Small Copper Medalet from World's Columbian Exposition--Columbus Landing Scene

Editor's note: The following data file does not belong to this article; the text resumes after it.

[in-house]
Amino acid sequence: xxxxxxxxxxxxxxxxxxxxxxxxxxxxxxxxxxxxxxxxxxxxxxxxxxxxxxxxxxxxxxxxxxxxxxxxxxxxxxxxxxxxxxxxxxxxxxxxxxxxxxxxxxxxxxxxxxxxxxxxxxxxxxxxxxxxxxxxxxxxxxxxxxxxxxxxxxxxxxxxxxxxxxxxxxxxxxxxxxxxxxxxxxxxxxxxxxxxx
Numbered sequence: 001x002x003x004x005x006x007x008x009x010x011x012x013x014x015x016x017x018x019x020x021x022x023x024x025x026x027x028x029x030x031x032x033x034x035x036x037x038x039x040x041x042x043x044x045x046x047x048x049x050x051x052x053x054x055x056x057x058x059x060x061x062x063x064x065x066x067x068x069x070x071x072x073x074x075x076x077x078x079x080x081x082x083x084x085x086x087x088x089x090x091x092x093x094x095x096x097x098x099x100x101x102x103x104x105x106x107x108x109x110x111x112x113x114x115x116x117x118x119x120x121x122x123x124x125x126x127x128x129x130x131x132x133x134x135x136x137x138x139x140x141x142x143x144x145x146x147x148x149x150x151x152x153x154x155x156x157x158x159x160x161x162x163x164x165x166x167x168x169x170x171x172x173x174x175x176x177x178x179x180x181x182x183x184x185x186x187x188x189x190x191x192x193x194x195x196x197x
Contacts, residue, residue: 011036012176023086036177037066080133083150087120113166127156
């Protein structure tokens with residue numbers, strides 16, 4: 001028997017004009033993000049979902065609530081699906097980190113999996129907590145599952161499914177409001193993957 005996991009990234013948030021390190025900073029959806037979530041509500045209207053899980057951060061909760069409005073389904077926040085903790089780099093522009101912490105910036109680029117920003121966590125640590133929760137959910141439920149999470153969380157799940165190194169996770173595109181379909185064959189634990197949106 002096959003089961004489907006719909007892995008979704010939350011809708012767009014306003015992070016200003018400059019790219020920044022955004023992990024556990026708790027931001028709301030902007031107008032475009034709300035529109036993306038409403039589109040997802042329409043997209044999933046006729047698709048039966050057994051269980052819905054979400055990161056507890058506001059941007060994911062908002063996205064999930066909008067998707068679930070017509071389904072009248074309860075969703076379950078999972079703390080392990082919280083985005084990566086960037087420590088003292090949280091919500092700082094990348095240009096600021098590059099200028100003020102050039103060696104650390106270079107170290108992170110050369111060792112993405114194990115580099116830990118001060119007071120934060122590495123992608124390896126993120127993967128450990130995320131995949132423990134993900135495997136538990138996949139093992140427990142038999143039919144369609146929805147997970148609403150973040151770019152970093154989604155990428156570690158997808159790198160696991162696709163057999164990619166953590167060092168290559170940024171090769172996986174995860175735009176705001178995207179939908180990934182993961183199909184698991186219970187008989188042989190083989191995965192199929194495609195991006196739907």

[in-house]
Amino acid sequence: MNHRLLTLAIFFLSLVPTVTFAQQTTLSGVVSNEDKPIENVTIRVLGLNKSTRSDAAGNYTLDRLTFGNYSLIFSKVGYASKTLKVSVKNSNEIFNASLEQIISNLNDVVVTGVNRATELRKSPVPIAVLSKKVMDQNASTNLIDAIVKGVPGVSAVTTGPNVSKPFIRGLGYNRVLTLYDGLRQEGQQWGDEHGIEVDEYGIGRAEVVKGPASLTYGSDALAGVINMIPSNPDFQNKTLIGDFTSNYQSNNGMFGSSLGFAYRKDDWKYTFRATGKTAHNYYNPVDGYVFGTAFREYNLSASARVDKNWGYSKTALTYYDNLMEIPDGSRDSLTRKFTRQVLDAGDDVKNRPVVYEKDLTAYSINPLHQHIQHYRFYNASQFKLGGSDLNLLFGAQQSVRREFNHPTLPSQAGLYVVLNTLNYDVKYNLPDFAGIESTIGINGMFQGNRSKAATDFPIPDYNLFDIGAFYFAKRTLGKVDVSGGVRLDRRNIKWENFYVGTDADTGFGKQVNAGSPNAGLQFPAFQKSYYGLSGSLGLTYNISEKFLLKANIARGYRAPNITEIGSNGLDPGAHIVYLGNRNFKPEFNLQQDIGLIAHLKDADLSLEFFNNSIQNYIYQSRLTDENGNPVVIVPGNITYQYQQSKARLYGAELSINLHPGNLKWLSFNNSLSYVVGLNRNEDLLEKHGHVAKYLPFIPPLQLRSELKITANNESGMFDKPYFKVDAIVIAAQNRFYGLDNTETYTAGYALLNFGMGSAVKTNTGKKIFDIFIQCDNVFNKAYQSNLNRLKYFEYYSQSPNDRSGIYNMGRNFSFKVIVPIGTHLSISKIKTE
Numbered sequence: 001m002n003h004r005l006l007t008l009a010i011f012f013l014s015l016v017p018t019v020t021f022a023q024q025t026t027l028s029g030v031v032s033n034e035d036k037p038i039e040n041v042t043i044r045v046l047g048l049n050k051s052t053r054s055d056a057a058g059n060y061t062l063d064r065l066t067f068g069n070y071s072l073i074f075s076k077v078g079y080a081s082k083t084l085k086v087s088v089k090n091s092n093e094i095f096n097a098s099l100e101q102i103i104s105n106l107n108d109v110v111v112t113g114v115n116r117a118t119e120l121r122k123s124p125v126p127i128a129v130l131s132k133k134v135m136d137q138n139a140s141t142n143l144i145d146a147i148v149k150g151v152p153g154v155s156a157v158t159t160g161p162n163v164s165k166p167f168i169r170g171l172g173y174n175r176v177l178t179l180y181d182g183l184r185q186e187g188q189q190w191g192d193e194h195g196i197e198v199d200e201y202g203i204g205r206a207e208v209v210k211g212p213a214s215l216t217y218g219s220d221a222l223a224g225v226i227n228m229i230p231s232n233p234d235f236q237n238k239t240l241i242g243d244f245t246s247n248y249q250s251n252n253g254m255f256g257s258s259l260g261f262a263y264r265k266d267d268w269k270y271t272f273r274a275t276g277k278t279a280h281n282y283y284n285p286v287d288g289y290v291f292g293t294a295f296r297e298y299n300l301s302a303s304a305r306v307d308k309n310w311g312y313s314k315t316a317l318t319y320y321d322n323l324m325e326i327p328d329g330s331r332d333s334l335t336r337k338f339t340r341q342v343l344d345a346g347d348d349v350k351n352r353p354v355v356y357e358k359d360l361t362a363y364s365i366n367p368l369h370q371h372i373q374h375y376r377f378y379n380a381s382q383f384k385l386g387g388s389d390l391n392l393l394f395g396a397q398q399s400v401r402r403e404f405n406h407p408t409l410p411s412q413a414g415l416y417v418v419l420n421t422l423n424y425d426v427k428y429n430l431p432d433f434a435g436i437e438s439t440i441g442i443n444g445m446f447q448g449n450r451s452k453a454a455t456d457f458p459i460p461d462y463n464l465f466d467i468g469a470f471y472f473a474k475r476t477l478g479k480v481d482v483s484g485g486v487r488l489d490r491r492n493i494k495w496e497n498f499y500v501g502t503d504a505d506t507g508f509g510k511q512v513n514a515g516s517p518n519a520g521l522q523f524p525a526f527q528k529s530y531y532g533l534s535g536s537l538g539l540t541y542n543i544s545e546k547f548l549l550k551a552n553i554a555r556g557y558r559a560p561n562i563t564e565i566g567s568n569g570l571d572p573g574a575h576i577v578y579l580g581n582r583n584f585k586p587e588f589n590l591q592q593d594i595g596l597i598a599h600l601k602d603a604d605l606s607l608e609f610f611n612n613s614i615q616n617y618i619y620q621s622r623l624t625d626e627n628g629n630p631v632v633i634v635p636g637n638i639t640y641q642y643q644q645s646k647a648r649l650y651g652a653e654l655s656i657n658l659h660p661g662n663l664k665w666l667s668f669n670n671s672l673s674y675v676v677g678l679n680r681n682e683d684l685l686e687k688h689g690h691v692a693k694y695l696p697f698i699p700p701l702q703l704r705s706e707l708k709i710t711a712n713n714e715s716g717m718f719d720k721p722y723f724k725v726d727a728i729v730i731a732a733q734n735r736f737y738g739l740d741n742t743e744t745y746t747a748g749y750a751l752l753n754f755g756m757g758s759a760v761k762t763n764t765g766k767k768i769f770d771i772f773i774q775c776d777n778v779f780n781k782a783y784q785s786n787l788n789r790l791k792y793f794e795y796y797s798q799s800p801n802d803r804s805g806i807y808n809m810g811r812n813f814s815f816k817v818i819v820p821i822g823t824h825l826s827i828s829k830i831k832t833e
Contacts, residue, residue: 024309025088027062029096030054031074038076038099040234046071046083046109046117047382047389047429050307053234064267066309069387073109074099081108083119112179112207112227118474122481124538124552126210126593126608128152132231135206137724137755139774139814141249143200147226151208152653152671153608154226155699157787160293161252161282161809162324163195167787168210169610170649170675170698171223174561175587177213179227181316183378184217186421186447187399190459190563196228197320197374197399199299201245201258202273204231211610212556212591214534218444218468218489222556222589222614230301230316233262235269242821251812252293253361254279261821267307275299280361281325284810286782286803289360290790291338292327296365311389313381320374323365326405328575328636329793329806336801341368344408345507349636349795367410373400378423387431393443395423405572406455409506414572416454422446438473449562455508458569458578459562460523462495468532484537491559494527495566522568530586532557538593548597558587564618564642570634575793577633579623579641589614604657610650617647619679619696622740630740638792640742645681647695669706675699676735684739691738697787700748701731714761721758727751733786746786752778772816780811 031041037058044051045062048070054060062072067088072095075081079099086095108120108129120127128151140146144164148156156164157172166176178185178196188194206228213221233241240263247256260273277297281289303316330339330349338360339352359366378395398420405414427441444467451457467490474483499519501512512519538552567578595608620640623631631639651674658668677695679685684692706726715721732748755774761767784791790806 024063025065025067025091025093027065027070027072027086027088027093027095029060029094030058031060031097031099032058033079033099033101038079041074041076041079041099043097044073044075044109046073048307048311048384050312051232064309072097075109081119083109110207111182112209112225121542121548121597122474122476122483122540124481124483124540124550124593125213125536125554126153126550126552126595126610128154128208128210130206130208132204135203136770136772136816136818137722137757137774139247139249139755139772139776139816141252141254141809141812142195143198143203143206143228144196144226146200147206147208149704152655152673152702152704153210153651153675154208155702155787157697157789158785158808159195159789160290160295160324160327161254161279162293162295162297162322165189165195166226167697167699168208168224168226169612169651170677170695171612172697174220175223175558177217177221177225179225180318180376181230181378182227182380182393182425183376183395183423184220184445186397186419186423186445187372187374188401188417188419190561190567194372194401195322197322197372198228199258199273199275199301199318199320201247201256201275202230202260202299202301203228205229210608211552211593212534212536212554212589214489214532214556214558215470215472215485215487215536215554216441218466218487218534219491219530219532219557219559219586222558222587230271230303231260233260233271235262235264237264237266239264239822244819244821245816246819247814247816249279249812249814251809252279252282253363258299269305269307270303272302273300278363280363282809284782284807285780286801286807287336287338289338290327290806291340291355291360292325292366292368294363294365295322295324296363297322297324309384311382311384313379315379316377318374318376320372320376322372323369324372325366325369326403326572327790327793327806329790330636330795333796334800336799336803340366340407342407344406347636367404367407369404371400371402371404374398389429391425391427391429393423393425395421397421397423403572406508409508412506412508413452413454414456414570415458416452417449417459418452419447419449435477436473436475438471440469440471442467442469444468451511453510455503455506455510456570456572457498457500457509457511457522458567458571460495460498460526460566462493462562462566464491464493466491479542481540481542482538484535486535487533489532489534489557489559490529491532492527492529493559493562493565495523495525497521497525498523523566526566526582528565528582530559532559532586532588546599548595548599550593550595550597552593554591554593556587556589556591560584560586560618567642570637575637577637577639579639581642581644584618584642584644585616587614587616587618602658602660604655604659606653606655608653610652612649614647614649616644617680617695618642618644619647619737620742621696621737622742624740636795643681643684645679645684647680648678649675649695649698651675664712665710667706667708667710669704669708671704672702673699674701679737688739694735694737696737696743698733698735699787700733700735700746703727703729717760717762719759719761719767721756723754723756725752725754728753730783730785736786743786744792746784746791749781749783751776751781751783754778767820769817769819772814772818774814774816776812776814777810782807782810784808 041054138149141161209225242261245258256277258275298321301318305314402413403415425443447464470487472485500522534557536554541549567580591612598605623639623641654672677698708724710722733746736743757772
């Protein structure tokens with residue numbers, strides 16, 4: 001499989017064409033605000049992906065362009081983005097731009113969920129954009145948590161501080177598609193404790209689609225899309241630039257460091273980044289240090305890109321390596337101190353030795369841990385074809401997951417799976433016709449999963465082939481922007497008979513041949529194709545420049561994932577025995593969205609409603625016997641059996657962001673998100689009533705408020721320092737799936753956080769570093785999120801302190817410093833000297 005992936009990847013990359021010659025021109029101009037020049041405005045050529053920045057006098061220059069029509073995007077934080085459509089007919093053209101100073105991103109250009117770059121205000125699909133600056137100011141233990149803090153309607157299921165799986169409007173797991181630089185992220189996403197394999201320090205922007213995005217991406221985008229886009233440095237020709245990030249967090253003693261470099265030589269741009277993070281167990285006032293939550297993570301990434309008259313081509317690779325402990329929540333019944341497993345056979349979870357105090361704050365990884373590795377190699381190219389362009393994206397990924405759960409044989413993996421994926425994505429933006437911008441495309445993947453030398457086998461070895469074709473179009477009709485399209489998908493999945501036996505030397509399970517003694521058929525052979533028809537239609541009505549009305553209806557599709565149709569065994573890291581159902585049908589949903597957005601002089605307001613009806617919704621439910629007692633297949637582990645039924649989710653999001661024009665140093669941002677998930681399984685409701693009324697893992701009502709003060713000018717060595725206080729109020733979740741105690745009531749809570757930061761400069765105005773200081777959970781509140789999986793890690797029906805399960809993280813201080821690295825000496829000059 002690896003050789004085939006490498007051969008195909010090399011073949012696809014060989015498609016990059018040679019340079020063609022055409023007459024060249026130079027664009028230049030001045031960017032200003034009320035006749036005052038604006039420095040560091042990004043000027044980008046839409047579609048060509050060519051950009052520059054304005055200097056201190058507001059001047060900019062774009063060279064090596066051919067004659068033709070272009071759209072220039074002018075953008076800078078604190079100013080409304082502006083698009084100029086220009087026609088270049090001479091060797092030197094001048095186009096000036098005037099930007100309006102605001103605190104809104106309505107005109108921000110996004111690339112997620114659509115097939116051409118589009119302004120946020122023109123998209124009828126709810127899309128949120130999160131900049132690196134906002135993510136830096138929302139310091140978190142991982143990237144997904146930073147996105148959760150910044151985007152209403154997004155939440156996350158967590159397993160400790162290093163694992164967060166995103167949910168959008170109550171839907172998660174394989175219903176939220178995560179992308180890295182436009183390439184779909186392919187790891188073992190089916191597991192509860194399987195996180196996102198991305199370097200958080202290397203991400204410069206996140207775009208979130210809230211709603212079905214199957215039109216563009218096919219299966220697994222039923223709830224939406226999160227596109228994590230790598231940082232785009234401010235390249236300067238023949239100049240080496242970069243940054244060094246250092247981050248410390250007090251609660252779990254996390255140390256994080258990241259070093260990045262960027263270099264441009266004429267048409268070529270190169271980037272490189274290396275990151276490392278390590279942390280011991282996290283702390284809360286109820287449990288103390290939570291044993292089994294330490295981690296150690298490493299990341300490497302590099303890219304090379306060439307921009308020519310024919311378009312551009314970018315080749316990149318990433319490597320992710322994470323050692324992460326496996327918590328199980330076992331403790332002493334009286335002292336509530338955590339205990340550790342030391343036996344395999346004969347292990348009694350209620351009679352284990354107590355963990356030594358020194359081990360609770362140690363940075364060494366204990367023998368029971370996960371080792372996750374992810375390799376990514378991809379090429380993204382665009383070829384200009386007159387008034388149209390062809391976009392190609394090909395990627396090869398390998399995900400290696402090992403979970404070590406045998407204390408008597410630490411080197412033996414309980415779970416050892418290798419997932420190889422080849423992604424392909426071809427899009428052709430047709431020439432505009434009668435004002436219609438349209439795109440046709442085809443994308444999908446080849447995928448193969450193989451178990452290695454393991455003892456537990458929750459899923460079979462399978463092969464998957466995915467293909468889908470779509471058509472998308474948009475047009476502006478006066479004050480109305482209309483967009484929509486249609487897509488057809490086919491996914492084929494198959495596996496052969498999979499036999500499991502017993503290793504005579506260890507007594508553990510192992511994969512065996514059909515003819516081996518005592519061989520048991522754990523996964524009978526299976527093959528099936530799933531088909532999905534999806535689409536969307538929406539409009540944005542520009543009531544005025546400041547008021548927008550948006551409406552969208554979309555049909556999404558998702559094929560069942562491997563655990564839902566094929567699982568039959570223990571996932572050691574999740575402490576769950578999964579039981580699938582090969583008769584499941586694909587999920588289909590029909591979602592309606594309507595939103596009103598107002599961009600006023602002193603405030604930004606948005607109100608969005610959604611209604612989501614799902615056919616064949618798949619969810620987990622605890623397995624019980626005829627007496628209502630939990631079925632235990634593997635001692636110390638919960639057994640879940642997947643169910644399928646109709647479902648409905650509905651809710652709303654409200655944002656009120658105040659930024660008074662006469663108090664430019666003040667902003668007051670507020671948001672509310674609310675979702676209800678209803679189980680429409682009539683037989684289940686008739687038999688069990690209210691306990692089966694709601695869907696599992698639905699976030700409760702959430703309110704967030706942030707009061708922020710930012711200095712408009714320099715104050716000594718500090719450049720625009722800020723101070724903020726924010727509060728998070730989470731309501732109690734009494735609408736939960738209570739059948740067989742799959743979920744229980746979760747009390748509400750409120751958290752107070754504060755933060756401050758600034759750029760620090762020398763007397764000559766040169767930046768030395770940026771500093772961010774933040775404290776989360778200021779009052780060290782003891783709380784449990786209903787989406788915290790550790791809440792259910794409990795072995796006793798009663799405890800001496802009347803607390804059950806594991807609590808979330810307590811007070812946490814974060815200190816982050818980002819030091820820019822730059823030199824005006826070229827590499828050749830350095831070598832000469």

We are selling literally hundreds of very inexpensive medals from the John Kennel Collection. We have also sold some of rarest and most incredibly beautiful medals of John's over the last year and a half. I believe that evaluating the 1,000 medals in this collection, top-to-bottom it is as fine as any. When I think of the dozens of rarities I've had the opportunity to research and study before selling I'm still in awe; but he also amassed hundreds of medals ideal for both the novice and veteran collector. Acquiring a range of medals by type, condition and price is part of collecting, which means a very inexpensive, high-quality and not rare medal shouldn't be overlooked. This nickel-sized (21mm) copper medal is bright red and uncirculated. The ubiquitous landing scene was EVERYWHERE at the fair in 1893, not just on dozens upon dozens of medals. These depictions are very interesting, enough so that I will have an illustrated essay on them in my Columbian Rarities book next year. In many such scenes Columbus, surrounded by his men, making landfall for the first time, is something that seems historically unlikely. Based on the size of the men on this medal, that cross they're beneath must be about 15 feet tall. I just can't imagine that upon landing the first thing even very devout Christian seamen would do is cut down a tree, strip it and make a cross to tower above the beach. They surely didn't carry it with them while rowing ashore. So much of history is speculative. In Columbus' writings he may well have said that upon landing "we erected a cross on the beach." It probably was a simple, temporary part of his claiming the land for Spain. All that aside, this is a very nice, BU small copper medal. The reverse shows an uneven strike where the first letters of the word "October" are almost completely missing. This piece is listed in Eglit (E45). Here's a nice, quality small medal at a terrific sale price.